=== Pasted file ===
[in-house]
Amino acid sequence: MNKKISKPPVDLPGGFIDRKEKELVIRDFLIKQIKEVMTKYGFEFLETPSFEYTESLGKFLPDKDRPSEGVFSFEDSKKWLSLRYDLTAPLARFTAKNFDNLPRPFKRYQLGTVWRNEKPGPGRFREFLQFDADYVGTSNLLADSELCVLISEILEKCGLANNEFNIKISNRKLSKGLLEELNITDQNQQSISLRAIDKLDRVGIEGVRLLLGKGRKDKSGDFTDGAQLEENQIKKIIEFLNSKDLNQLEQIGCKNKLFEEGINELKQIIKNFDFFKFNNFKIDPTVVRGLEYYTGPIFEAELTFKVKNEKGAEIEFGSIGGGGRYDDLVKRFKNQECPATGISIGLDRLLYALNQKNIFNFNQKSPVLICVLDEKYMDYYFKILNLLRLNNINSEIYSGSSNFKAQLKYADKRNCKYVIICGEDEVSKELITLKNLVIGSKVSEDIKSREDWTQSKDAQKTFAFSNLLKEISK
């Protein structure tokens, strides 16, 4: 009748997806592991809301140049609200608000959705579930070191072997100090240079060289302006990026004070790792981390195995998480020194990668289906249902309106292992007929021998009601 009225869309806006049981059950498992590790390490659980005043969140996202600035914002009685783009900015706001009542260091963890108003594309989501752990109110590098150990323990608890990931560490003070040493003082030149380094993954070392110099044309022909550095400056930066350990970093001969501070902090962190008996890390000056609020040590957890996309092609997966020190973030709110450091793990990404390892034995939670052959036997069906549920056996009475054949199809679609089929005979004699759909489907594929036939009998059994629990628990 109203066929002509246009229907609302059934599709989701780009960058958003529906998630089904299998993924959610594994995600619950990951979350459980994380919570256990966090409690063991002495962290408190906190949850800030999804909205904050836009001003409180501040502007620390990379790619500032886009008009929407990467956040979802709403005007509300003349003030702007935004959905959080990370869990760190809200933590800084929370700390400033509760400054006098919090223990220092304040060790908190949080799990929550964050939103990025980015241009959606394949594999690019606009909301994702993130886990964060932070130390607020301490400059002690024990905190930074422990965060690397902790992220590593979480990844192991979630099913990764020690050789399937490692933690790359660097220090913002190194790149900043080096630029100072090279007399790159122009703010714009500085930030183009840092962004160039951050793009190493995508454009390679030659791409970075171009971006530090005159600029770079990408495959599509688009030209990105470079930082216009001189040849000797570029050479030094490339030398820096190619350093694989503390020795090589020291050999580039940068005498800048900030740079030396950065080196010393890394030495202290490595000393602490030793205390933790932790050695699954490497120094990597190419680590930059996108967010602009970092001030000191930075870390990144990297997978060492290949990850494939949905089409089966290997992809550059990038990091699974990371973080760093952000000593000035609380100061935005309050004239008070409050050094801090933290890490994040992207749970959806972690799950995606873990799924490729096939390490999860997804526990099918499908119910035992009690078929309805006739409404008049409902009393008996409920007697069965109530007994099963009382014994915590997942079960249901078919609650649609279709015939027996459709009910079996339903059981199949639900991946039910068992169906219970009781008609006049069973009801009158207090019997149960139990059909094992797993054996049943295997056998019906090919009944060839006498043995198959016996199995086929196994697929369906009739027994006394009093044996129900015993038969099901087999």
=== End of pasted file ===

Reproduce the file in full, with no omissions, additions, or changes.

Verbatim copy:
[in-house]
Amino acid sequence: MNKKISKPPVDLPGGFIDRKEKELVIRDFLIKQIKEVMTKYGFEFLETPSFEYTESLGKFLPDKDRPSEGVFSFEDSKKWLSLRYDLTAPLARFTAKNFDNLPRPFKRYQLGTVWRNEKPGPGRFREFLQFDADYVGTSNLLADSELCVLISEILEKCGLANNEFNIKISNRKLSKGLLEELNITDQNQQSISLRAIDKLDRVGIEGVRLLLGKGRKDKSGDFTDGAQLEENQIKKIIEFLNSKDLNQLEQIGCKNKLFEEGINELKQIIKNFDFFKFNNFKIDPTVVRGLEYYTGPIFEAELTFKVKNEKGAEIEFGSIGGGGRYDDLVKRFKNQECPATGISIGLDRLLYALNQKNIFNFNQKSPVLICVLDEKYMDYYFKILNLLRLNNINSEIYSGSSNFKAQLKYADKRNCKYVIICGEDEVSKELITLKNLVIGSKVSEDIKSREDWTQSKDAQKTFAFSNLLKEISK
């Protein structure tokens, strides 16, 4: 009748997806592991809301140049609200608000959705579930070191072997100090240079060289302006990026004070790792981390195995998480020194990668289906249902309106292992007929021998009601 009225869309806006049981059950498992590790390490659980005043969140996202600035914002009685783009900015706001009542260091963890108003594309989501752990109110590098150990323990608890990931560490003070040493003082030149380094993954070392110099044309022909550095400056930066350990970093001969501070902090962190008996890390000056609020040590957890996309092609997966020190973030709110450091793990990404390892034995939670052959036997069906549920056996009475054949199809679609089929005979004699759909489907594929036939009998059994629990628990 109203066929002509246009229907609302059934599709989701780009960058958003529906998630089904299998993924959610594994995600619950990951979350459980994380919570256990966090409690063991002495962290408190906190949850800030999804909205904050836009001003409180501040502007620390990379790619500032886009008009929407990467956040979802709403005007509300003349003030702007935004959905959080990370869990760190809200933590800084929370700390400033509760400054006098919090223990220092304040060790908190949080799990929550964050939103990025980015241009959606394949594999690019606009909301994702993130886990964060932070130390607020301490400059002690024990905190930074422990965060690397902790992220590593979480990844192991979630099913990764020690050789399937490692933690790359660097220090913002190194790149900043080096630029100072090279007399790159122009703010714009500085930030183009840092962004160039951050793009190493995508454009390679030659791409970075171009971006530090005159600029770079990408495959599509688009030209990105470079930082216009001189040849000797570029050479030094490339030398820096190619350093694989503390020795090589020291050999580039940068005498800048900030740079030396950065080196010393890394030495202290490595000393602490030793205390933790932790050695699954490497120094990597190419680590930059996108967010602009970092001030000191930075870390990144990297997978060492290949990850494939949905089409089966290997992809550059990038990091699974990371973080760093952000000593000035609380100061935005309050004239008070409050050094801090933290890490994040992207749970959806972690799950995606873990799924490729096939390490999860997804526990099918499908119910035992009690078929309805006739409404008049409902009393008996409920007697069965109530007994099963009382014994915590997942079960249901078919609650649609279709015939027996459709009910079996339903059981199949639900991946039910068992169906219970009781008609006049069973009801009158207090019997149960139990059909094992797993054996049943295997056998019906090919009944060839006498043995198959016996199995086929196994697929369906009739027994006394009093044996129900015993038969099901087999």